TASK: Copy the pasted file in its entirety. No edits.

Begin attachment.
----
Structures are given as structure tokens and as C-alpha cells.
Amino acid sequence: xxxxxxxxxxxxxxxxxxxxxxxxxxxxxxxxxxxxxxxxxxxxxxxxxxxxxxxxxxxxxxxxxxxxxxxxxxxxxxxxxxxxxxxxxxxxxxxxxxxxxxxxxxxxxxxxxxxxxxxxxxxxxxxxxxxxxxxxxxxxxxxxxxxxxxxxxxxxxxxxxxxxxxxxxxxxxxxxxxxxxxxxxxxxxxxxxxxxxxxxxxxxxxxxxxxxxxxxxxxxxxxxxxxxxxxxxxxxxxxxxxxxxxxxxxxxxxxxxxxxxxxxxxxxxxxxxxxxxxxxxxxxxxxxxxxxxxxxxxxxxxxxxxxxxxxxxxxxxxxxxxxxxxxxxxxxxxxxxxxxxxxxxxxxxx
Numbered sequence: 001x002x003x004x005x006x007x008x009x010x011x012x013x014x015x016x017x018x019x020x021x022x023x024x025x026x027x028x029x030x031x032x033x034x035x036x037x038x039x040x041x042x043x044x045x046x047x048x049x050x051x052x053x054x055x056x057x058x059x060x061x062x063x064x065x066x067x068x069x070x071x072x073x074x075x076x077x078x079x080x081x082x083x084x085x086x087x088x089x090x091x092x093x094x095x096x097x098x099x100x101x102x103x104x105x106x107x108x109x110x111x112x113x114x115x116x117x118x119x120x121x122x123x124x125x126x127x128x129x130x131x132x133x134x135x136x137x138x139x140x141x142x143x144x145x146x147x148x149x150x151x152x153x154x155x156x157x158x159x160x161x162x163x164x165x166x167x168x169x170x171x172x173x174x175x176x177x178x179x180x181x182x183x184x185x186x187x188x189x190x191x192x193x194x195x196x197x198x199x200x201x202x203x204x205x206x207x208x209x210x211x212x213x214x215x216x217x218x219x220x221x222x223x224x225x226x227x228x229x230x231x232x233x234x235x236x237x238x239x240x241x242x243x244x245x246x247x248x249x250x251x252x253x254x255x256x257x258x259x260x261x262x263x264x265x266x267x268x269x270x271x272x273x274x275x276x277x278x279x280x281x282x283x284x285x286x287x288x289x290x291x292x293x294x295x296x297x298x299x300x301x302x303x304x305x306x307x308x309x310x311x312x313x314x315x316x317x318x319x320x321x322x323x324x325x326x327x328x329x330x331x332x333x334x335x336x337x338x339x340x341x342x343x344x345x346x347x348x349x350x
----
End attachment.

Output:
Structures are given as structure tokens and as C-alpha cells.
Amino acid sequence: xxxxxxxxxxxxxxxxxxxxxxxxxxxxxxxxxxxxxxxxxxxxxxxxxxxxxxxxxxxxxxxxxxxxxxxxxxxxxxxxxxxxxxxxxxxxxxxxxxxxxxxxxxxxxxxxxxxxxxxxxxxxxxxxxxxxxxxxxxxxxxxxxxxxxxxxxxxxxxxxxxxxxxxxxxxxxxxxxxxxxxxxxxxxxxxxxxxxxxxxxxxxxxxxxxxxxxxxxxxxxxxxxxxxxxxxxxxxxxxxxxxxxxxxxxxxxxxxxxxxxxxxxxxxxxxxxxxxxxxxxxxxxxxxxxxxxxxxxxxxxxxxxxxxxxxxxxxxxxxxxxxxxxxxxxxxxxxxxxxxxxxxxxxxxx
Numbered sequence: 001x002x003x004x005x006x007x008x009x010x011x012x013x014x015x016x017x018x019x020x021x022x023x024x025x026x027x028x029x030x031x032x033x034x035x036x037x038x039x040x041x042x043x044x045x046x047x048x049x050x051x052x053x054x055x056x057x058x059x060x061x062x063x064x065x066x067x068x069x070x071x072x073x074x075x076x077x078x079x080x081x082x083x084x085x086x087x088x089x090x091x092x093x094x095x096x097x098x099x100x101x102x103x104x105x106x107x108x109x110x111x112x113x114x115x116x117x118x119x120x121x122x123x124x125x126x127x128x129x130x131x132x133x134x135x136x137x138x139x140x141x142x143x144x145x146x147x148x149x150x151x152x153x154x155x156x157x158x159x160x161x162x163x164x165x166x167x168x169x170x171x172x173x174x175x176x177x178x179x180x181x182x183x184x185x186x187x188x189x190x191x192x193x194x195x196x197x198x199x200x201x202x203x204x205x206x207x208x209x210x211x212x213x214x215x216x217x218x219x220x221x222x223x224x225x226x227x228x229x230x231x232x233x234x235x236x237x238x239x240x241x242x243x244x245x246x247x248x249x250x251x252x253x254x255x256x257x258x259x260x261x262x263x264x265x266x267x268x269x270x271x272x273x274x275x276x277x278x279x280x281x282x283x284x285x286x287x288x289x290x291x292x293x294x295x296x297x298x299x300x301x302x303x304x305x306x307x308x309x310x311x312x313x314x315x316x317x318x319x320x321x322x323x324x325x326x327x328x329x330x331x332x333x334x335x336x337x338x339x340x341x342x343x344x345x346x347x348x349x350x